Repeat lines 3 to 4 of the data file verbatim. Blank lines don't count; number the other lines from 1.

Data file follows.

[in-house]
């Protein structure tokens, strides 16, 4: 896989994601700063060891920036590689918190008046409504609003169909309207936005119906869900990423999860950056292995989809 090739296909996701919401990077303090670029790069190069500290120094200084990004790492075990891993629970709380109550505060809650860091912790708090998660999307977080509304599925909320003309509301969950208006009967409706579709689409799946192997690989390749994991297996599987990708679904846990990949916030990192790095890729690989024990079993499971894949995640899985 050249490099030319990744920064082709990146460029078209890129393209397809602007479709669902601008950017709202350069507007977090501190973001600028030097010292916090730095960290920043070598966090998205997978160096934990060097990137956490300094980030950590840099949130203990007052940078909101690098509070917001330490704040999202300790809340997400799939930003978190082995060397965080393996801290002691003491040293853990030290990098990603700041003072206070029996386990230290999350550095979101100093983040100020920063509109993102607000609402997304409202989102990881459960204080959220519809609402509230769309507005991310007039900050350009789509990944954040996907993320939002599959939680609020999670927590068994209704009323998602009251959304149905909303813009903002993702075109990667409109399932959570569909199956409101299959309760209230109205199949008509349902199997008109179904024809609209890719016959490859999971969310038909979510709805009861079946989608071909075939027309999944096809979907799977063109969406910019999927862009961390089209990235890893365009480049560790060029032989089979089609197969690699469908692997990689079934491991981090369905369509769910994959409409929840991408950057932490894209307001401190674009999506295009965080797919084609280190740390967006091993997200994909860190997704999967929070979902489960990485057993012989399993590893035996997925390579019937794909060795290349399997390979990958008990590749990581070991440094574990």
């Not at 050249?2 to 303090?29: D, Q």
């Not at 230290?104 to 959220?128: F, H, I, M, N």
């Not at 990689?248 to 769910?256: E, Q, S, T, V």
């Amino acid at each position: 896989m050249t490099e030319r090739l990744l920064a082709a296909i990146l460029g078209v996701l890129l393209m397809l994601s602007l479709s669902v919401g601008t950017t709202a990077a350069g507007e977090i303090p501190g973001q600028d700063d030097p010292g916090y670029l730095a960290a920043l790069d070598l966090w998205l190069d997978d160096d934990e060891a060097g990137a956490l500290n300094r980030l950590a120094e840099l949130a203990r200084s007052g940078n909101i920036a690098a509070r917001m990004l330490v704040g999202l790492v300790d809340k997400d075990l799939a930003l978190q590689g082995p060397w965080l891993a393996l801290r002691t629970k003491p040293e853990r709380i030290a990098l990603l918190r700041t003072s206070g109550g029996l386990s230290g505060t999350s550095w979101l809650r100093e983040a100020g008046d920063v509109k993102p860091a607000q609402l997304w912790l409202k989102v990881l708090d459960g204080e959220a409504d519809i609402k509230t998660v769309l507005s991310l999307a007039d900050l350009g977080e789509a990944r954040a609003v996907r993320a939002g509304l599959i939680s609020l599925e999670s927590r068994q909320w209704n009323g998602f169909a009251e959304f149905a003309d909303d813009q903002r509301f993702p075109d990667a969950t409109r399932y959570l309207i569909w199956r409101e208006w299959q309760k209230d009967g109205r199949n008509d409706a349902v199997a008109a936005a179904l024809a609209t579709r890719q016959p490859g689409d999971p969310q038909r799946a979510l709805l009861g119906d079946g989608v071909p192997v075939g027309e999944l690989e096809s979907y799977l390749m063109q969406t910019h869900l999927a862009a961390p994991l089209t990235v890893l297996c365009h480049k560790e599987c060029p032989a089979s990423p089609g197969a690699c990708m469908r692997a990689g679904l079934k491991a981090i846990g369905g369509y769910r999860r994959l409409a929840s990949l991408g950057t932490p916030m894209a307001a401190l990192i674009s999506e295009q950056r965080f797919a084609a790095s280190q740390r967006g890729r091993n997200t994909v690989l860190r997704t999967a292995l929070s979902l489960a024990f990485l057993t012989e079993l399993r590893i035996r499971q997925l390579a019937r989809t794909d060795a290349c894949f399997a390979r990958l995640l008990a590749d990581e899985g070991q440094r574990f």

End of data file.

């Not at 050249?2 to 303090?29: D, Q």
């Not at 230290?104 to 959220?128: F, H, I, M, N």